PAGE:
The international customs are the second most important primary sources of International law. The Article 38 (1) (b) of the ICJ’s statute refers to “international custom, as evidence of a general practice accepted as law”. International customs are decentralized nature of the international system which involves two fundamental elements:
· The actual practice of the states
· The acceptance by states of that practice as law.
The actual practice of states covers various elements, including the duration, consistency, repetition, and generality of a particular kind of behavior by states. All such elements are relevant in determining whether a practice may form the basis of a binding international custom.
Although all states may contribute to the development and evolution of customs but they are not all equal in the process. The major states generally possess a greater significance in the establishment of customs.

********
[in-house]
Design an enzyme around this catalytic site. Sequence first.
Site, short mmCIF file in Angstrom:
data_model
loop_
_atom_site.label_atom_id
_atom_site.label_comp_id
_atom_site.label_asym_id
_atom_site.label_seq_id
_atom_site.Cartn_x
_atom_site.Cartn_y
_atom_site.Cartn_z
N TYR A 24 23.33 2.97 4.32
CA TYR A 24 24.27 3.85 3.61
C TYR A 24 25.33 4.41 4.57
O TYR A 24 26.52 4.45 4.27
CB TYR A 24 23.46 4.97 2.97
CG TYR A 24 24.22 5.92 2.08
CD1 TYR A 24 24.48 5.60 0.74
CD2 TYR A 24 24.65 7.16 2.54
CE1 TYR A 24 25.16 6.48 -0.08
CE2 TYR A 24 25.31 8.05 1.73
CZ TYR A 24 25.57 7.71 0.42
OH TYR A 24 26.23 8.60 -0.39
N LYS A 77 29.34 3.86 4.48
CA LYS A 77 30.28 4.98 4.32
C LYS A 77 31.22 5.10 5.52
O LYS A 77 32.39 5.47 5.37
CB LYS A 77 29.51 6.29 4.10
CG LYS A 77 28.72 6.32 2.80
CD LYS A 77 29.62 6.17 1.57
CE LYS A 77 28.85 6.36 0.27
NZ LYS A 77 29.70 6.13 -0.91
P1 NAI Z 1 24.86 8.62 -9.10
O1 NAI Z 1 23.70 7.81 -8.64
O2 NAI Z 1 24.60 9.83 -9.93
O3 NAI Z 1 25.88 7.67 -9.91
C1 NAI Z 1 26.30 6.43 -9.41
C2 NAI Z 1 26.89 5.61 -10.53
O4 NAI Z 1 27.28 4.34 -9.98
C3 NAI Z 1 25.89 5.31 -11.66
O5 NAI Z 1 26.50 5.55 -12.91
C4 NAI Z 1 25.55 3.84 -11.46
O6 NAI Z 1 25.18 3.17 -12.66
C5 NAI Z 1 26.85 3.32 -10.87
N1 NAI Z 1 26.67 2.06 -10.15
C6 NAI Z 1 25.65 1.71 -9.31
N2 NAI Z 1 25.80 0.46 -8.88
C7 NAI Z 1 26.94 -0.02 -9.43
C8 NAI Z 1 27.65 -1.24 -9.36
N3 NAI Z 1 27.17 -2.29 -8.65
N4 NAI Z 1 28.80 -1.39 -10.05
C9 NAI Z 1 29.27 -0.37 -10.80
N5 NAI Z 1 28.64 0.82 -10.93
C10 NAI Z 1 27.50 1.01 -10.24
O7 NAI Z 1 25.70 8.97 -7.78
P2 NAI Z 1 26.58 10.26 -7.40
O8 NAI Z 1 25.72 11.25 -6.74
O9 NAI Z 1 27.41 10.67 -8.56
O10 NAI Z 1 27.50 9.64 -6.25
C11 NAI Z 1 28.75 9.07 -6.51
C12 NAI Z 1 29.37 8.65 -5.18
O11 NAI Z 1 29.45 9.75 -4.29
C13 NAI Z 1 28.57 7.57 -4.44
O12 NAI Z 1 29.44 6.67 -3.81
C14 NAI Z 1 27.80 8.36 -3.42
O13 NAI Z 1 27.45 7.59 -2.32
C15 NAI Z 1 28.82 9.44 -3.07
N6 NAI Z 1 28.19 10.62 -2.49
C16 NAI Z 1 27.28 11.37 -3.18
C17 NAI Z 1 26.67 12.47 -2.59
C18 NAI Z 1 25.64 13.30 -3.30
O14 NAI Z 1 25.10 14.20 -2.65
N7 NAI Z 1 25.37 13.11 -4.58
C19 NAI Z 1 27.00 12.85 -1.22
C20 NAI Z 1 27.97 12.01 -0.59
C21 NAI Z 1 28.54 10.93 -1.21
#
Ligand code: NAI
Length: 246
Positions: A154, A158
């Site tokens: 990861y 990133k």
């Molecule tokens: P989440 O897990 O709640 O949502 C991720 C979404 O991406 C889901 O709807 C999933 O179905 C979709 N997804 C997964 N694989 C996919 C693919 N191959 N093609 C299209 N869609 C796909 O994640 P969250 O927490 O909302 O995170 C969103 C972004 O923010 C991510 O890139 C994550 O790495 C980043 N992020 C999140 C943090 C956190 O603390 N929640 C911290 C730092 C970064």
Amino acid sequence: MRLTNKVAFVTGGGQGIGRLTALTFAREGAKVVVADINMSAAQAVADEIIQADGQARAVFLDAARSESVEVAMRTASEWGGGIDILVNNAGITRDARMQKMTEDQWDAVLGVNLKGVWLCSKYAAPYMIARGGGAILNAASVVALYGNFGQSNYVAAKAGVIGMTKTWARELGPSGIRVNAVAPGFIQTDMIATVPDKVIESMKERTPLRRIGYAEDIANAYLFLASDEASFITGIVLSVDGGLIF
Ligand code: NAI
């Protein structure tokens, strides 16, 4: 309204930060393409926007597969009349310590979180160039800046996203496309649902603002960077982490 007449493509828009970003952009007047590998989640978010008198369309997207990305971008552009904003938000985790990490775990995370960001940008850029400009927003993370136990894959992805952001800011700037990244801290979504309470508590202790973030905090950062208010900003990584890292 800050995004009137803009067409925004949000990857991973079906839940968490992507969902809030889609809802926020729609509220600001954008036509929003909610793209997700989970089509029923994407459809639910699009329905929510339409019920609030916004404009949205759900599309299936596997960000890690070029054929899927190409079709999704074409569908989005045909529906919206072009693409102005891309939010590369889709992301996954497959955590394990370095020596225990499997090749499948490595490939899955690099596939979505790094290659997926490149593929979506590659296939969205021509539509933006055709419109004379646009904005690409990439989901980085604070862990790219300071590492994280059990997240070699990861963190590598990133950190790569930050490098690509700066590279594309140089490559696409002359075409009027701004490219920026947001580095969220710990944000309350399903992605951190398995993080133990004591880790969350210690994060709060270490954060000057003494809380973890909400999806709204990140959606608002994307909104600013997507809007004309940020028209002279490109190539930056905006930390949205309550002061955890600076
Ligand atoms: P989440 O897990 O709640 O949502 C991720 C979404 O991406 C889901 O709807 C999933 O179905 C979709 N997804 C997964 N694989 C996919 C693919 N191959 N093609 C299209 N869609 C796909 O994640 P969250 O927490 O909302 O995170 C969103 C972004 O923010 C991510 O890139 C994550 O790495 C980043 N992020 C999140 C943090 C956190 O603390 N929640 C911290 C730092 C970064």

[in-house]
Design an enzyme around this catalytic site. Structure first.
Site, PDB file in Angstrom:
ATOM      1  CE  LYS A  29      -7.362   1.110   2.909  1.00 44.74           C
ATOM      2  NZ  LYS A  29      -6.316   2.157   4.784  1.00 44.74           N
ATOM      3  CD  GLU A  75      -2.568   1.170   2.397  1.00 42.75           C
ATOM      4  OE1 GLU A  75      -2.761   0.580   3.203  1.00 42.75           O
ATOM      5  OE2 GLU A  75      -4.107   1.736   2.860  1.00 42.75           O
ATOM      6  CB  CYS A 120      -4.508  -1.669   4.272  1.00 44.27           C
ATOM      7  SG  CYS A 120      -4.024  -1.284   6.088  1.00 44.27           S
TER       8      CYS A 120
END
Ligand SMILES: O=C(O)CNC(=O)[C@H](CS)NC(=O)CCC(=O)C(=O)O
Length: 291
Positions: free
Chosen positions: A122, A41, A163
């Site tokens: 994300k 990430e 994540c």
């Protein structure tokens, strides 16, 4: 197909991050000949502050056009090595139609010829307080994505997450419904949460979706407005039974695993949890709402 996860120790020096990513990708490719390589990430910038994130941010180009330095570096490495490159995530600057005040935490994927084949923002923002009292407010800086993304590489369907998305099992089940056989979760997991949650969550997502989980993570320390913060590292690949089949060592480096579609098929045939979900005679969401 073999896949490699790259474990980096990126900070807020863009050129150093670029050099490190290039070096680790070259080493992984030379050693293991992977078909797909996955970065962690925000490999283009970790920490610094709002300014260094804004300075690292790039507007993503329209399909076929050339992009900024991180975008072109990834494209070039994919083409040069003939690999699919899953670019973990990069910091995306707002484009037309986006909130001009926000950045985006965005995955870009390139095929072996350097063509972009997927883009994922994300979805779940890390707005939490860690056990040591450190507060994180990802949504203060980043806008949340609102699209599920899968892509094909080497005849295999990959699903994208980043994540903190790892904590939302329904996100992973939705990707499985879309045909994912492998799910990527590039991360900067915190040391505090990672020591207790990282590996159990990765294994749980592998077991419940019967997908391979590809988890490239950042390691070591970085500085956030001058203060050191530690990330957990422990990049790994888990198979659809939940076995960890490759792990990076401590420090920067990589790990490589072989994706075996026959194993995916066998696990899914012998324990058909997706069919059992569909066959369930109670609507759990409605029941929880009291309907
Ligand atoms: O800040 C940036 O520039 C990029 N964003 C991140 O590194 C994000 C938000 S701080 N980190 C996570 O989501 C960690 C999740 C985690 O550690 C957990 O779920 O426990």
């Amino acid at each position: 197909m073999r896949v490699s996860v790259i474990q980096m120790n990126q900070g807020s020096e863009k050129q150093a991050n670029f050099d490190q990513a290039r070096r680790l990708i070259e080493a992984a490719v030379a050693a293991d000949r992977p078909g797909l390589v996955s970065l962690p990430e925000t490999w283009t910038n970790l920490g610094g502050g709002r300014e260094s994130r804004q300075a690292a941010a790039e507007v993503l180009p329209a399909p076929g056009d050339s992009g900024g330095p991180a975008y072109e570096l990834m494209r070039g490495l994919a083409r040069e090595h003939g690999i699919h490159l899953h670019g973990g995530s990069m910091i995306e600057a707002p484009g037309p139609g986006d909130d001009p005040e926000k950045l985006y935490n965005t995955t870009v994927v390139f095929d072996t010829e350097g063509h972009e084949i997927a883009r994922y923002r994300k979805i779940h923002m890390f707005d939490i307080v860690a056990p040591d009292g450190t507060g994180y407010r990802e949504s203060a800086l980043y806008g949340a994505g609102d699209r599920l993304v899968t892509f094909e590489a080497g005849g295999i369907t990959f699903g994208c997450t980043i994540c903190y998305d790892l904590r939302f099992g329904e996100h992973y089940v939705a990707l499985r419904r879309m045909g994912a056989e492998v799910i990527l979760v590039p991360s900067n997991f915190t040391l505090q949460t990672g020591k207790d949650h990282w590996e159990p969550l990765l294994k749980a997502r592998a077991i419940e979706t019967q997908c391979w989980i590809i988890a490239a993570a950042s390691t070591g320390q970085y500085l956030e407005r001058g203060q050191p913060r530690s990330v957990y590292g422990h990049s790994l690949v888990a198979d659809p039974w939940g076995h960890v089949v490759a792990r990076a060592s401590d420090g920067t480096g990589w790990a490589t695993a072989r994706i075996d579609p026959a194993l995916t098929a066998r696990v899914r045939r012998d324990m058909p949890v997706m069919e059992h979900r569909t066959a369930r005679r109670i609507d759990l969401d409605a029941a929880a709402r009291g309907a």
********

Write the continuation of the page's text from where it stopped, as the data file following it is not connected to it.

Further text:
Once a practice becomes a custom, all states in the international community are bound by it whether or not individual states have expressly consented to it. Exception applies in cases where a state has objected from the start of the custom. Customs can develop from a generalizable treaty provision, and a binding customary rule and a multilateral treaty provision on the same subject matter (e.g., the right to self-defense) may exist at the same time.
The third primary source of international law is the General Principles. They have been identified by the ICJ’s statute as “the general principles of law recognized by civilized nations.” These principles basically provide a mechanism/procedure to address those international issues that are not subject either to treaty provisions or to binding customary rules. These principles may also arise/evolve either from municipal law or through international law. They are in essence procedural or evidential principles that deals with the machinery of the judicial process where the breach of an engagement involves an obligation to make reparation. The importance of general principle is that of equity, which permits international law to have a potential degree of flexibility in its application and enforcement.